Ron Paul: Fed Threatens Depression, $100 Bills Worthless

Recently by Ron Paul: The Fed’s Interesting Week

Ron Paul Wants to "End the Fed": Bring Back Sound Monetary Policies Backed by Something More Substantial Than Printing Presses

Don’t Steal, the Government Hates Competition. ~ Plaque on the desk of Rep. Ron Paul

Judging by the plaque on the desk of Ron Paul, R-TX, the so-called (by his detractors) "Doctor No" of the Congress, one would think he hates government. But, as he shows in his latest book, End the Fed (Grand Central Publishing, 224 pages, $21.99) he doesn’t hate government, he just wants it to do what the Constitution says it should do — nothing more and nothing less.

One institution that he thinks is not only unconstitutional, but philosophically, economically and morally wrong is the Federal Reserve System, established in 1913 — the same year as the federal income tax — as a backdoor approach to a central bank. It was developed — like the various czars, Troubled Asset Rescue Program (TARP) and bailouts of car companies and banks — in response to a financial depression, one that occurred in 1907.

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In the post-meltdown world, Paul says it is irresponsible, ineffective, and ultimately useless to have a serious economic debate without considering and challenging the role of the Federal Reserve. Throughout the book — and especially in the last chapter, "The Way Out," Paul shows how the nation functioned just fine without a central bank. The states don’t have central banks and must rely on tax revenue to live within their means, he says. He would like to see a return to the gold standard, but even without this ideal situation we shouldn’t wait for one before we end the Fed. Too, arguments that a central bank would prevent financial panics certainly haven’t come true in the almost 100 years we’ve had the Fed. In his view, the Great Depression was at least partially caused by the actions of the Fed.

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Questioning the Fed is like questioning Mom, apple pie and the American way to most people who are unaware of its genesis at a meeting at Jekyll Island, Georgia in 1910. Most people think of the Fed as an indispensable institution without which the country’s economy could not properly function. But in End the Fed, Ron Paul, a 2008 GOP Presidential contender and the 1988 Libertarian Party Presidential candidate, draws on American history, economics, and fascinating stories from his own long political life to argue that the Fed is both corrupt and unconstitutional. It is inflating currency today at nearly a Weimar Republic (Germany from 1919—1933) or Zimbabwe level, a practice that threatens to put us into an inflationary depression where $100 bills are worthless.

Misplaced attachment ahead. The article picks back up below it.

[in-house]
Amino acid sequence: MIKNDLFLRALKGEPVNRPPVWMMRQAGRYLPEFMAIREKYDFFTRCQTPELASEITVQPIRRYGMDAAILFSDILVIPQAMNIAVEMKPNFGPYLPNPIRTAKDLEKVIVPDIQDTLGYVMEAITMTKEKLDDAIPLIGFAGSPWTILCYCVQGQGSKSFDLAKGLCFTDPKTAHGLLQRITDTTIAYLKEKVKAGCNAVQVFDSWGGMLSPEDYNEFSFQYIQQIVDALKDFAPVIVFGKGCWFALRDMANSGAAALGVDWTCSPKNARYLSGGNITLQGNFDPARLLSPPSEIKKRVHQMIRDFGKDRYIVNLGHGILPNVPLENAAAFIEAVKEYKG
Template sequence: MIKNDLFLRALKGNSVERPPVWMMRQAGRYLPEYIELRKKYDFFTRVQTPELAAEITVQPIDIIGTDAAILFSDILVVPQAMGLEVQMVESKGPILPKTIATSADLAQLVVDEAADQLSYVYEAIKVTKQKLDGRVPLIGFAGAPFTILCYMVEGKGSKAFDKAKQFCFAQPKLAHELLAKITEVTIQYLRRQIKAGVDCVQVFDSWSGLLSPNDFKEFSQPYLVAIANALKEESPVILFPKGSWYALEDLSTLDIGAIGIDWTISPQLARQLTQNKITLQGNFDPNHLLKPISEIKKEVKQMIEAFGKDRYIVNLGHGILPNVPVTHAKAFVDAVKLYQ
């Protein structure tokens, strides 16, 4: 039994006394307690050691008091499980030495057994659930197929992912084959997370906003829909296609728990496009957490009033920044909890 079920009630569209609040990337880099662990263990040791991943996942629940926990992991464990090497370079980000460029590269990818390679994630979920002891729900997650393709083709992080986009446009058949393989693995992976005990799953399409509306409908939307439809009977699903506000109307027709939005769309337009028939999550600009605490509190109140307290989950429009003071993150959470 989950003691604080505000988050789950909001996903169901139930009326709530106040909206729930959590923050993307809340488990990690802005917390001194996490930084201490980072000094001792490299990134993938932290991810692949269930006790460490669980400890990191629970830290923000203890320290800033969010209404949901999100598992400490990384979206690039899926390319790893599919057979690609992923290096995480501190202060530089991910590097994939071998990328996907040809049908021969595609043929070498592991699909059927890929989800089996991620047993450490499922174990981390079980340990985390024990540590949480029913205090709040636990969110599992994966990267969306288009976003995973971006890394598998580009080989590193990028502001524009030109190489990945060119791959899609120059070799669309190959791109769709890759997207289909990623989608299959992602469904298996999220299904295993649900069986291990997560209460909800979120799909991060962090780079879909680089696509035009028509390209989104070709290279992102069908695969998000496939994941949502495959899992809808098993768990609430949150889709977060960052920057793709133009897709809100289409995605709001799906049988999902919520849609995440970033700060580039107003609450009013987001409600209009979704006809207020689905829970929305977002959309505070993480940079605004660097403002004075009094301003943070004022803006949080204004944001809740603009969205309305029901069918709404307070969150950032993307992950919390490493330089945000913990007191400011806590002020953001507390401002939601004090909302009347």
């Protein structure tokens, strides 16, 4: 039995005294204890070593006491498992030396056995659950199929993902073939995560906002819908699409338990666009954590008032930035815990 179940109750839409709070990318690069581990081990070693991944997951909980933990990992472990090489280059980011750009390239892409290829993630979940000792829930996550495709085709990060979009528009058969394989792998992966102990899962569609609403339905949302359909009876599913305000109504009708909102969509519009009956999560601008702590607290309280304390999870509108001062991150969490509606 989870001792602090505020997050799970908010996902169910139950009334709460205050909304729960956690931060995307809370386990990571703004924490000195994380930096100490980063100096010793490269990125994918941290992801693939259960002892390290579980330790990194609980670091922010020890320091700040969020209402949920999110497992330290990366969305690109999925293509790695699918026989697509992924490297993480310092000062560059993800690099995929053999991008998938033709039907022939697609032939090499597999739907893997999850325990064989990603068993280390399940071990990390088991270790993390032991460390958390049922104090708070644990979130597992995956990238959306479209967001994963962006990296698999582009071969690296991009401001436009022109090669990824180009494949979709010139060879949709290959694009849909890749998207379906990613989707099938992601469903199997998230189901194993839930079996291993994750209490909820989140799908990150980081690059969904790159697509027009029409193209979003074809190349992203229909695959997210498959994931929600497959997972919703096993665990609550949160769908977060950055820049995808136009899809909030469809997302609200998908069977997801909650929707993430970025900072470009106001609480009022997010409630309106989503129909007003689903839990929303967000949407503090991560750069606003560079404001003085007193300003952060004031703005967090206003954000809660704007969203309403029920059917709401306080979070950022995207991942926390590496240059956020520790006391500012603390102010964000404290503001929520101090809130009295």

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What most people don’t realize is that the Fed — created by the Morgans and Rockefellers at a private club off the coast of Georgia — is actually working against their own personal interests. Paul’s urgent appeal to all citizens and officials tells us where we went wrong and what we need to do fix America’s economic policy for future generations.

Paul, a physician, is a dedicated follower of the Austrian school of economics — he’s a distinguished counselor to the Ludwig von Mises Institute, keeper of the flame for the Austrian school — and he quotes many of that school’s economists in his arguments against the Fed.

One of them is the late Murray N. Rothbard, who argued in his book History of Money and Banking, that the Fed did not originate as a policy response to national need. It wasn’t erected for any of its stated purposes. It was founded by two groups of elites: government officials and large financial and banking interests. Rothbard adds a third critical element: economists hired to give the scheme a scientific patina.

Opposition to the Fed has come from the Left and the Right. An AlterNet story on the Left quotes a study by Huffington Post’s Ryan Grim makes the same point Rothbard made in his book: That the Fed has dedicated itself to marginalizing economists who question the Fed.

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September 16, 2009